Matt Jones, Missionary to Thailand
Let’s talk about hearts. No, not metaphorically. Not figuratively. Not philosophically. I’m saying let’s talk literally about your heart. I’m referring to your squishy little grey 10-ounce organ that’s sitting about 16 inches below your eyes right now and silently working hard to keep you alive.
Consider the facts: Your heart circulates your 5.6 liters of blood through your entire body around 3 times per minute. The average child has around 60,000 miles of blood vessels inside of them, while a typical adult has about 100,000 miles of arteries, veins, and capillaries supplying every inch of your body. In one day, your blood travels nearly 12,000 miles inside of you! That is the equivalent of driving from New York City to Los Angeles and then back to New York City and then back to Los Angeles and … then back to New York city once more. All in a day.
But what happens when that blood flow is disrupted? What happens when your heart says, “I’m tired of your throwing French fries and chicken nuggets at me, and I’m tired of your spending more time on Instagram than you do on the treadmill.”? Well, if your blood flow is restricted to your heart for any reason, you have a really serious problem that needs immediate attention. Doctors refer to any condition that affects the way your heart operates as “heart disease,” and the Center for Disease Control (CDC) says that the leading cause of death for men and women in the United States is heart disease.
Heart disease is a voiceless predator, and more often than not, you would never know that the person sitting across the room from you at Chick-fil-A has 90% blockage in two of his arteries. He’s smiling and enjoying his spicy chicken sandwich and waffle fries (and “Diet Coke,” of course) without any indication that anything is wrong. From the outside he looks fine, but his insides don’t match his outsides.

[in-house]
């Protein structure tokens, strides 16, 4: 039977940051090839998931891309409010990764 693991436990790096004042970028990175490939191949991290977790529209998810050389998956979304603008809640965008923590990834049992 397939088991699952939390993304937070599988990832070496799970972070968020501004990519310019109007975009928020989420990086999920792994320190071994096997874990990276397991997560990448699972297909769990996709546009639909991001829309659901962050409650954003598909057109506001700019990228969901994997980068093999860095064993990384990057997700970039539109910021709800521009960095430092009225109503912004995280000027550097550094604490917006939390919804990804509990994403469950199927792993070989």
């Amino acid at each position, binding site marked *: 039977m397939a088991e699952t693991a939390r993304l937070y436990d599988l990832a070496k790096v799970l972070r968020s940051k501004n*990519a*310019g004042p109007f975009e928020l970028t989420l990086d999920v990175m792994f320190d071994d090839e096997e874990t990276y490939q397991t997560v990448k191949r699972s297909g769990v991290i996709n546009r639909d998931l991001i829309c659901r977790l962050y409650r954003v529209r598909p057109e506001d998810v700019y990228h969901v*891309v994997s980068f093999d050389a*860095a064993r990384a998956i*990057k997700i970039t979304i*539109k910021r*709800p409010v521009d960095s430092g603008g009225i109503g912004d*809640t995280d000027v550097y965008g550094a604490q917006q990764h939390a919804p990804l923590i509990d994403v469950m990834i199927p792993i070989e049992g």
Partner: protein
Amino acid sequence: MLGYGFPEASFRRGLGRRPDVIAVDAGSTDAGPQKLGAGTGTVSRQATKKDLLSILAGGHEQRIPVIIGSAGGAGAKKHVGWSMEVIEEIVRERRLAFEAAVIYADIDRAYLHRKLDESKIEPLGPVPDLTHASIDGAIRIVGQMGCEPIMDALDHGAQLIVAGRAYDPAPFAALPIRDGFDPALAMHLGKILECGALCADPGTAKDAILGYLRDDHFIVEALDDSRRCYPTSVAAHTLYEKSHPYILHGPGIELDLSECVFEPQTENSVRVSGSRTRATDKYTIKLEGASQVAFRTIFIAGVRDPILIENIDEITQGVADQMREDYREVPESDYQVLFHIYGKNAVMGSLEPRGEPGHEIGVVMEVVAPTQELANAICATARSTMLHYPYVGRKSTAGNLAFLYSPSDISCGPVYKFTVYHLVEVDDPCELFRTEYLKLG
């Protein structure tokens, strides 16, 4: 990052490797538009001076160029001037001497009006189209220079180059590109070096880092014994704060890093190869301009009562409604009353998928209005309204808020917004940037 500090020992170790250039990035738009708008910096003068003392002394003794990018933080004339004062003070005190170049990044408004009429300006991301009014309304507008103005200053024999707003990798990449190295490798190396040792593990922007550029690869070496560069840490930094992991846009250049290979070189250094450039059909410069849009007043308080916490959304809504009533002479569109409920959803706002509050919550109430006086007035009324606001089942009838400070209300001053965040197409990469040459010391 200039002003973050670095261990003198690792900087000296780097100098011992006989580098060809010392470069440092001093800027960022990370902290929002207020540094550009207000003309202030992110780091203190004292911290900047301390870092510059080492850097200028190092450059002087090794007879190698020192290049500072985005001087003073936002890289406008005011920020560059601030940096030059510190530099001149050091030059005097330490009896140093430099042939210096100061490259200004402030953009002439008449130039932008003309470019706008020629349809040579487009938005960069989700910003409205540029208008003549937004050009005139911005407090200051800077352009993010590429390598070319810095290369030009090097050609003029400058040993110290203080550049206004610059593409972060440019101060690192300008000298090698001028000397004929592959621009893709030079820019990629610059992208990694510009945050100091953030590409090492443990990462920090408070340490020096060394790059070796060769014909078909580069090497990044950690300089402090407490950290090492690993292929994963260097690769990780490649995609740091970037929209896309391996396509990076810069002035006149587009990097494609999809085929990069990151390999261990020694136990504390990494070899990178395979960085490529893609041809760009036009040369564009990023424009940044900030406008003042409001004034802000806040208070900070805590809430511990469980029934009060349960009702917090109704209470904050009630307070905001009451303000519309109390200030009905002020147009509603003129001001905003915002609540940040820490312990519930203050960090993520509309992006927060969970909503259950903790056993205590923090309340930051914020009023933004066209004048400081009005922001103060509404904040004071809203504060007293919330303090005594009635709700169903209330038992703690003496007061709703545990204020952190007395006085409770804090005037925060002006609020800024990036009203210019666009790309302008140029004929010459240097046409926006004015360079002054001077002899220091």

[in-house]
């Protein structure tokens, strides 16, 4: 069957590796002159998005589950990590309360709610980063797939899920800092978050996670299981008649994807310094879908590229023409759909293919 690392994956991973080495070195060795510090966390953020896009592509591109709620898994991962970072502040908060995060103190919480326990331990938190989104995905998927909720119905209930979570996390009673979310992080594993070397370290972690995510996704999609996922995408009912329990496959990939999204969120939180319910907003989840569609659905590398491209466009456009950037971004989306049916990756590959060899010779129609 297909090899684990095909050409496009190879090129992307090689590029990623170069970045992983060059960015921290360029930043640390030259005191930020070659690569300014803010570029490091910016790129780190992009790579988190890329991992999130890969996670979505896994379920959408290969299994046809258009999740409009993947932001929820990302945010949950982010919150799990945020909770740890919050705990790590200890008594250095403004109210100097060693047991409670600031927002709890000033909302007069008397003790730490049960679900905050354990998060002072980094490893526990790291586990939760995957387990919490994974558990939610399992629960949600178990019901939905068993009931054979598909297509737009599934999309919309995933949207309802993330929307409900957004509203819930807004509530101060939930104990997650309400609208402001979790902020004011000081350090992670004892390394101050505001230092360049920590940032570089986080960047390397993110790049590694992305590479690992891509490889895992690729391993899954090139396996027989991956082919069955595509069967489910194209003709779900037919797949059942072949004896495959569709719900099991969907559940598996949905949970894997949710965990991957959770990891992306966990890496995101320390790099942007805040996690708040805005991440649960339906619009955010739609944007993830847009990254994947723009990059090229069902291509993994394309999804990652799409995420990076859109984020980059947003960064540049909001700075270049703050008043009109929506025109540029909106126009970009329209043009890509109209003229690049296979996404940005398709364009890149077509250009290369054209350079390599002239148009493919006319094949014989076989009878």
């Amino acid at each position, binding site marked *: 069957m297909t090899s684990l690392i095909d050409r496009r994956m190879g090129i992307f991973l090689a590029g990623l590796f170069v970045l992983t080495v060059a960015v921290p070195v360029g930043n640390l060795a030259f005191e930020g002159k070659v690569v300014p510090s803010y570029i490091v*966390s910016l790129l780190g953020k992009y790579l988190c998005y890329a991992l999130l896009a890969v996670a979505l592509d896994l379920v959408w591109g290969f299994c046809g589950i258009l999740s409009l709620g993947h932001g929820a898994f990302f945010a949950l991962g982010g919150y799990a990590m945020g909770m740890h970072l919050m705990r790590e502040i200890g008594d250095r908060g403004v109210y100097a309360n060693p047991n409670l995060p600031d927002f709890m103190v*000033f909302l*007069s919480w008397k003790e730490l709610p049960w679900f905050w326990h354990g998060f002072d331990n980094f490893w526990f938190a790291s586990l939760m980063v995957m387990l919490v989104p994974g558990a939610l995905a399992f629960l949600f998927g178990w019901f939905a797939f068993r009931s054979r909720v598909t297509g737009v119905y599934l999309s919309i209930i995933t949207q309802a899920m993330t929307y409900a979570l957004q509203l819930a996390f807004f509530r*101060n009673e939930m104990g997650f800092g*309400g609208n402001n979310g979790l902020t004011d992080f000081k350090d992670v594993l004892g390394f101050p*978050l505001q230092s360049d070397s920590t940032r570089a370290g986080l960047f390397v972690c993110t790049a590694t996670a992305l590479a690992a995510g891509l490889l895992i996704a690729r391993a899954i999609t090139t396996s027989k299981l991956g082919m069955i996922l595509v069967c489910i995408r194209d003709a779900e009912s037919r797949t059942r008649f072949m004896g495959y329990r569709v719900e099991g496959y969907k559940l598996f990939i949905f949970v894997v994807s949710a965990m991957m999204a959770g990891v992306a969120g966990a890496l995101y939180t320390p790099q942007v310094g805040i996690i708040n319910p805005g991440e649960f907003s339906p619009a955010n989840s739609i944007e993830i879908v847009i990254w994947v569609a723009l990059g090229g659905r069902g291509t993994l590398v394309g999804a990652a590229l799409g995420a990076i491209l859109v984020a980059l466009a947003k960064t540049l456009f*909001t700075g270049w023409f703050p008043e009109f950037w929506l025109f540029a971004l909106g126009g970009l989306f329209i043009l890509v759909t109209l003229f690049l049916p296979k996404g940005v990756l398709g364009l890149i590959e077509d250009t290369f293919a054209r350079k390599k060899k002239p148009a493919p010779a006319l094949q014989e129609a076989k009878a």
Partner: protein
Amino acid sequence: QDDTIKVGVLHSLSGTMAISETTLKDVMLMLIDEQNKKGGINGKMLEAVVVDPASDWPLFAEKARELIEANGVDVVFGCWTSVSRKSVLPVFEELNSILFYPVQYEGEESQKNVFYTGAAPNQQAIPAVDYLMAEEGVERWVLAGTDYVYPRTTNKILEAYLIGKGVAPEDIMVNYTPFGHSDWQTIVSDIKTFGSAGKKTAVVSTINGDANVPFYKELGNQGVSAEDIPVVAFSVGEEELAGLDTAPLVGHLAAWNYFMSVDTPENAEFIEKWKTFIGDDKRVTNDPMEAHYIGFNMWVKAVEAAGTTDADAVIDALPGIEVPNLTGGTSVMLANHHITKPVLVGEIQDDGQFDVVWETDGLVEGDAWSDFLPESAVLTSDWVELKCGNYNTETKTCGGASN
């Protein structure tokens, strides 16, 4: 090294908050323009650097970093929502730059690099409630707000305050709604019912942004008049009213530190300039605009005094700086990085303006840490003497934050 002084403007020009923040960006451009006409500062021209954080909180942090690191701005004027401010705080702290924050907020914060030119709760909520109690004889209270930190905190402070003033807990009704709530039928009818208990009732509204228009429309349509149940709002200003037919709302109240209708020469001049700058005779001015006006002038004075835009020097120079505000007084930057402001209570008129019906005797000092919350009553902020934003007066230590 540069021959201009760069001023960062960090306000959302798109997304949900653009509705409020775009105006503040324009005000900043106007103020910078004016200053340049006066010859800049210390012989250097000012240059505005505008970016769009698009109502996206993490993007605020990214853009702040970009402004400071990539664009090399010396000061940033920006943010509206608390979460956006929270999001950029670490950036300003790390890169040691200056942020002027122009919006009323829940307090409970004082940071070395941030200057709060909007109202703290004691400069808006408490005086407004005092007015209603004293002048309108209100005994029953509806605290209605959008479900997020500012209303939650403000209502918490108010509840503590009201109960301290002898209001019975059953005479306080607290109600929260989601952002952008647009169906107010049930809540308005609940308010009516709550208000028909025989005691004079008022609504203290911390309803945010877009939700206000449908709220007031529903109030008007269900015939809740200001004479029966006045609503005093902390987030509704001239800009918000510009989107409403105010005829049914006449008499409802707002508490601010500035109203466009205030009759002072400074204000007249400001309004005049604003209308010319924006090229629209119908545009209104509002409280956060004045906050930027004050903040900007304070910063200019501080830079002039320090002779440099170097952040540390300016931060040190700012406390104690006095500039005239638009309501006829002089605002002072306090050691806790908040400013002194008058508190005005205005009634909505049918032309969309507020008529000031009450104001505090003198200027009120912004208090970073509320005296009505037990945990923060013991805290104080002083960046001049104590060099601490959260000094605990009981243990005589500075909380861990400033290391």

So, the question I assume you are asking right now is “What does any of that have to do with missionary kids on campus at BJU”? Well, I’m glad you asked.
Over the past four decades, missionaries, authors, sociologists, pastors, and mission agencies have dedicated countless hours of research and observation to try to better understand the unique challenges of growing up overseas as a missionary kid. Though it’s a bit presumptuous to make sweeping blanket statements about any group of people, there are certainly inherent hardships that come when your insides don’t really match your outsides. What do I mean by that? Well, again, good question.
All across campus, there are dozens and dozens of students who have grown up as “Third Culture Kids” which loosely means that they have grown up “between worlds.” Missionary kids, military kids, the children of international schoolteachers, and a few others fit into the TCK definition. They’ve spent some of the most important and impressionable years of their lives learning how to comfortably survive in a host country where they have learned new languages, customs, cultures, and traditions. These remote corners of the worlds aren’t exotic to them—they’re just “home.”
These kids have also lived with the constant tension that they would someday graduate from high school and would be expected to pack up everything they own and leave that “home” (mission field) to return to their “home” (passport) country. Metaphorically, they’ve had one foot in their passport country and one foot on their mission field. Most MKs would say they “partially belong” in both places at the same time, but not 100% in either place. Now those same MKs are sitting across the aisle from you in English 102. They’re down the hall from you in Georgia Creel. They’re working behind the counter at Chick-fil-A in the Den. When you look at them on the outside, you don’t really see all that’s inside them. Their insides don’t match their outsides.